Alongside ASUS's announcement of its latest ROG Flow X13 13-inch gaming notebook, it has also unveiled an interesting new external graphics dock to go with that notebook. Dubbed the ROG XG Mobile GV301, the external graphics dock is designed to augment the ROG Flow X13's capabilities, turning it into a powerful and lightweight portable gaming rig. And though graphics docks themselves are nothing new, this one stands out due to its portability, with the dock being similar in size to a second laptop.

From a high-level perspective, the graphics dock lives up to its name. At its heart, of course, is a high-performance GPU, with ASUS tapping NVIDIA’s new laptop-grade RTX 3070 and 3080 adapters, both of which will be a significant step up from the Flow X13’s built-in GeForce GTX 1650 graphics adapter. Along with this, the dock can power the Flow X13 – thanks to its integrated 280W power supply – and offers several ports including HDMI and DisplayPort, a Gig Ethernet jack, 4 USB-A 3.2 Gen 1 ports, and an integrated SD card reader.

Notably, like some past efforts to provide graphics docks for thin & light laptops, ASUS is going with a proprietary connection here rather than relying on Thunderbolt. The unnamed connector is split intwo two segments, with one carrying PCIe 3.0 x8 data while the other segment is a USB-C connector for carrying power and USB data. This significantly limits the compatibility of the dock, but it does provide twice as much PCIe bandwidth as Thunderbolt 3 or 4 otherwise would.

As previously mentioned, one of ASUS’s design goals for the ROG XG Mobile is portability, so that it can be carried around with the Flow X13 rather than serving as a relatively static dock at home. To that end the dock is 29.6mm thick, with a 208mm x 155mm footprint, making it comparable in size to a second laptop. It also weighs similar (if a bit denser) at a flat 1kg (2.2lbs). Fittingly, ASUS is supplying a sleeve with the Flow X13 to carry both the laptop and XG Mobile, simplifying this process some.


The thermal solution on the ASUS ROG XG Mobile

The ROG XG Mobile is due this quarter, with pricing to be announced.

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Source: ASUS

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  • Spunjji - Thursday, January 14, 2021 - link

    Those all used PCIe 4x, so the performance improvement was not great.

    That said, the Alienware Amplifier survived for 3 generations of notebooks and covered 5 generations of GPU - not a bad run, really.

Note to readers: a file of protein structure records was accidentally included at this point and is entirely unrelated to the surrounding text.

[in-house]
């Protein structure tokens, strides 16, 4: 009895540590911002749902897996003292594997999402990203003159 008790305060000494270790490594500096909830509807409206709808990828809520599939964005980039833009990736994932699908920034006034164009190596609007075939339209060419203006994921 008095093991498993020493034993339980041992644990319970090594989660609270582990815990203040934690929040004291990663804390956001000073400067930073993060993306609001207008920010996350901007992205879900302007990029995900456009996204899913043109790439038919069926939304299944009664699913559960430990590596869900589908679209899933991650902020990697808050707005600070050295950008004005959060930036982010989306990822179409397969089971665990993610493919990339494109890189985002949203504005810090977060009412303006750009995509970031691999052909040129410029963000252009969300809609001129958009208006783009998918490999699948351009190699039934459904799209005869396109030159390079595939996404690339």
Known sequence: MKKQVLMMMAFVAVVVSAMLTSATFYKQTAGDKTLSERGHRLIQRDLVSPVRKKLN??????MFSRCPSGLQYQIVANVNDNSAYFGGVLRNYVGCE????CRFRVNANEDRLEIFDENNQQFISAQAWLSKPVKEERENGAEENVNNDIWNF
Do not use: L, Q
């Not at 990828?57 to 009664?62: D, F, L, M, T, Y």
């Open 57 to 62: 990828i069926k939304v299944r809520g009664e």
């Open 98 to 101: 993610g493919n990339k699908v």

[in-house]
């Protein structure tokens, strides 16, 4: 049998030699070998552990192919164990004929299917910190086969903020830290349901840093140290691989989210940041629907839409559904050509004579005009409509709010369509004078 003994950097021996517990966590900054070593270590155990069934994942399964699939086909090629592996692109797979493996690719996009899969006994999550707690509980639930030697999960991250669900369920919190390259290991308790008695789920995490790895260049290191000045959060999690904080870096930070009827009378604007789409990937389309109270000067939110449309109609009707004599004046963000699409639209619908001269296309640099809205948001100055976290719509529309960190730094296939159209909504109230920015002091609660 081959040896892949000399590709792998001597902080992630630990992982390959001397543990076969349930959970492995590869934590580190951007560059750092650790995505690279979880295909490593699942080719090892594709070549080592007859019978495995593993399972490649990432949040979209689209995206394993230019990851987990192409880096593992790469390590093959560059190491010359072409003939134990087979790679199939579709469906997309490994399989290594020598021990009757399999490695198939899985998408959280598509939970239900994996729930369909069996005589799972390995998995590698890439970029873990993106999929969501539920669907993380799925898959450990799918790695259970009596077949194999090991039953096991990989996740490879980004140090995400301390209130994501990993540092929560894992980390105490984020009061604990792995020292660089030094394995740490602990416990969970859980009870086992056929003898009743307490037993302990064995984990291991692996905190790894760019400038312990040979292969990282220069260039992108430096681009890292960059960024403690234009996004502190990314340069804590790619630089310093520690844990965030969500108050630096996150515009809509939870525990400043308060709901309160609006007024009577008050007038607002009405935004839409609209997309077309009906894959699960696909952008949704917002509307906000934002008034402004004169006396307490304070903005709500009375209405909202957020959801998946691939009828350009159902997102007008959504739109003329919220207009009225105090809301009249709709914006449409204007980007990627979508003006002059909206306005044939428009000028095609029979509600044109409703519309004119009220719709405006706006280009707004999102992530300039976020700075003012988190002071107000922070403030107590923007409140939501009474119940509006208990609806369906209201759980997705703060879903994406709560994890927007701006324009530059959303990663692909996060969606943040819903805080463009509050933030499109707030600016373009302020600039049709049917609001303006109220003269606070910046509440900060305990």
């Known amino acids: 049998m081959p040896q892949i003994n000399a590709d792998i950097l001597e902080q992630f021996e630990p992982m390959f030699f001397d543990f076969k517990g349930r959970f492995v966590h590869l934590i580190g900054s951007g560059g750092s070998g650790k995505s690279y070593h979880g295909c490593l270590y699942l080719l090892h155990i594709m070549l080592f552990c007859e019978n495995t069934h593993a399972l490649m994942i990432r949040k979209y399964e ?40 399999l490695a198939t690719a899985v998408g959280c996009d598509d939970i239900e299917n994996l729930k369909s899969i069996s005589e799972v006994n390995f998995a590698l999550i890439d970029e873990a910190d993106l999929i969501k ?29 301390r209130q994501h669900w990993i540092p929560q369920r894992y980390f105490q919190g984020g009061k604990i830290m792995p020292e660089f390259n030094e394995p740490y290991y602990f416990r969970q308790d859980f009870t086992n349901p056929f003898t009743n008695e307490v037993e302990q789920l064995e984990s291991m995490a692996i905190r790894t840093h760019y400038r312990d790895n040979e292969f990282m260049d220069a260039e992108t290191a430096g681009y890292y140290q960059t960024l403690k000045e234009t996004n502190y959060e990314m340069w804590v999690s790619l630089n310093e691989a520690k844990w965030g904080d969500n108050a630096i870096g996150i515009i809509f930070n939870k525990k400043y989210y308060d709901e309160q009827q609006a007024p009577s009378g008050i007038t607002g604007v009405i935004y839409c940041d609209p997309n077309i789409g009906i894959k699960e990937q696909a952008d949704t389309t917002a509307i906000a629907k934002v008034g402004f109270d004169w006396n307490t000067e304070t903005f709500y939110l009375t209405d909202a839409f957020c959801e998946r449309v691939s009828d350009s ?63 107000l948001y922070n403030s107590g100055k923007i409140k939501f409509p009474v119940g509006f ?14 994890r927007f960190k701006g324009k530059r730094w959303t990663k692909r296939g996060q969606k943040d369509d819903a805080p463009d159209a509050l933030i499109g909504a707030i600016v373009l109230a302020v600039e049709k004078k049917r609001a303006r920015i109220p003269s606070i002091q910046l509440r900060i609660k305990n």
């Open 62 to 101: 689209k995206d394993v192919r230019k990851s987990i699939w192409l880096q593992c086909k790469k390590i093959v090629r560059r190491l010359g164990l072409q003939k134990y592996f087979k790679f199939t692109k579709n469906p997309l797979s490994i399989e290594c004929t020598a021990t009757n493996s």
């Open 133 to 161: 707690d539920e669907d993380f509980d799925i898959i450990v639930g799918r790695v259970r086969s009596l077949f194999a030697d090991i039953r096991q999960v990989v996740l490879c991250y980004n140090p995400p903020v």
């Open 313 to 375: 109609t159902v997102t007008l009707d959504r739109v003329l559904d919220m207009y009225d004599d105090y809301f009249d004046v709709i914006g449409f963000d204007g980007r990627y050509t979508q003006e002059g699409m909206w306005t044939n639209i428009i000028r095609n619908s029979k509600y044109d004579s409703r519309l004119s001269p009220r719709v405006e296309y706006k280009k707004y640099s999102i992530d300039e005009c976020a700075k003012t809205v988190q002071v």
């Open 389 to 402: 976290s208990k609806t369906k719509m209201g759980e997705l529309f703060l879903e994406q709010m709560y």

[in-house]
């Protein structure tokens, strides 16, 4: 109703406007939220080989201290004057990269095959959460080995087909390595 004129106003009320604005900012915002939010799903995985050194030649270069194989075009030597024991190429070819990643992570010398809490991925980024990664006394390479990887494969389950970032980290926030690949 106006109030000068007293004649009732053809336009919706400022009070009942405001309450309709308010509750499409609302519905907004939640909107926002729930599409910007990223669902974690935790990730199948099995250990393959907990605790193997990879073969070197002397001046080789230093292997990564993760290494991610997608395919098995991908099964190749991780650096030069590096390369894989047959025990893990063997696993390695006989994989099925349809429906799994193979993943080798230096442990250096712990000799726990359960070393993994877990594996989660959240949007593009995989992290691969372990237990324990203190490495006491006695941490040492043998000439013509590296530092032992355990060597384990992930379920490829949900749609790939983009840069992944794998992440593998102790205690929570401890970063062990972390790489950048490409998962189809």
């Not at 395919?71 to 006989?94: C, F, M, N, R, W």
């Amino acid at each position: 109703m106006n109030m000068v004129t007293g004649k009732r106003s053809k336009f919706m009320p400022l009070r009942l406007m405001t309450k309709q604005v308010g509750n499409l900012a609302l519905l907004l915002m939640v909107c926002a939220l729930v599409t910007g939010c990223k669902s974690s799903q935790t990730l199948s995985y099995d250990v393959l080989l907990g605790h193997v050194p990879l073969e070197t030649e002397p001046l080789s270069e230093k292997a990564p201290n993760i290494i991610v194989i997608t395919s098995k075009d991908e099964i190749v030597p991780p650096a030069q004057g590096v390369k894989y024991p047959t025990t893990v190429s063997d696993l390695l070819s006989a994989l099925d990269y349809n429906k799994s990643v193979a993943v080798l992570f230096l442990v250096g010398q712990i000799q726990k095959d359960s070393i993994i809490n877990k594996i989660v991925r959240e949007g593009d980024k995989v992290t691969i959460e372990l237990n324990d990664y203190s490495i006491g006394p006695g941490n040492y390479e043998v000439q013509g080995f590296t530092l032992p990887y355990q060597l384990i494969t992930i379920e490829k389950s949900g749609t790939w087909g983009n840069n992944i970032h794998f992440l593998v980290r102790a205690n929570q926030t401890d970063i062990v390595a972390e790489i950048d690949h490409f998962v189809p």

Reply
  • Digital COrpus - Friday, January 15, 2021 - link

    Internally the X13 split into 2, x4 connectors. Don't see much of a reason to do this unless they're dedicating the peripherals to a x4 bus. Discrete GPU I bet is internally on x8 because bifurcation topology of x8/x4/x4 is a thing. In other words, I bet that this still runs the GPU on a x4 bus. However, if its PCIe 4, not 3, that won't be a problem. Reply
  • Spunjji - Monday, January 18, 2021 - link

    Per the article:
    "The unnamed connector is split into two segments, with one carrying PCIe 3.0 x8 data while the other segment is a USB-C connector for carrying power and USB data."

    It's PCIe 3.0 and the GPU is run on 8x, not 4x. The peripheral parts run over USB-C.
    Reply
  • Tams80 - Sunday, January 17, 2021 - link

    Despite AnandTech not noticing the OCuLink connector, they did explain that in the article.

    I suggest you read it.
    Reply
  • Spunjji - Thursday, January 14, 2021 - link

    Pending costs and noise/performance tests, this could be very interesting indeed - especially the 3070 variant. Reply
  • Valantar - Friday, January 15, 2021 - link

    This looks like a very well-engineered solution. Good on Asus for making what IMO is what eGPUs should have been like all along. The proprietary connector is a bummer, but also understandable. Not Asus' fault, ultimately.

    One question: does the laptop-side USB-C port in this dock port work as a normal USB-C?

    Also, saying this is "comparable in size to a second laptop" is grossly misleading, unless your concept of "laptop" is one of those niche ultraportable 7" GPD devices. This is compact and thick, more like a paperback novel than a notepad in size. The volume and weight are indeed likely laptop-like, but not the shape.
    Reply
  • Spunjji - Monday, January 18, 2021 - link

    You're right on the last point, but I think the intent was to point out that it doesn't have the bulk of eGPU boxes that are merely carriers for a desktop add-in card and a server PSU. Reply
  • s.yu - Friday, January 15, 2021 - link

    Nobody here is saying that it uses the L version of the GPUs...I just assumed that from the size but... Reply
  • kindesflaye - Friday, January 15, 2021 - link

    What are the odds Asus will offer additional compatible laptops? Like a Flow x14 or x15 - something with similar specs but larger battery and a little more display area? A 14-15" 16:10 version would be amazing. Reply
  • Tams80 - Sunday, January 17, 2021 - link

    The connector alongside the USB C one is an OCuLink one, which is part of the PCIe specification.

    So really, only the housing is proprietary.

    I know it is a very rarely used connector, but come on AnandTech. You can do better than this.
    Reply

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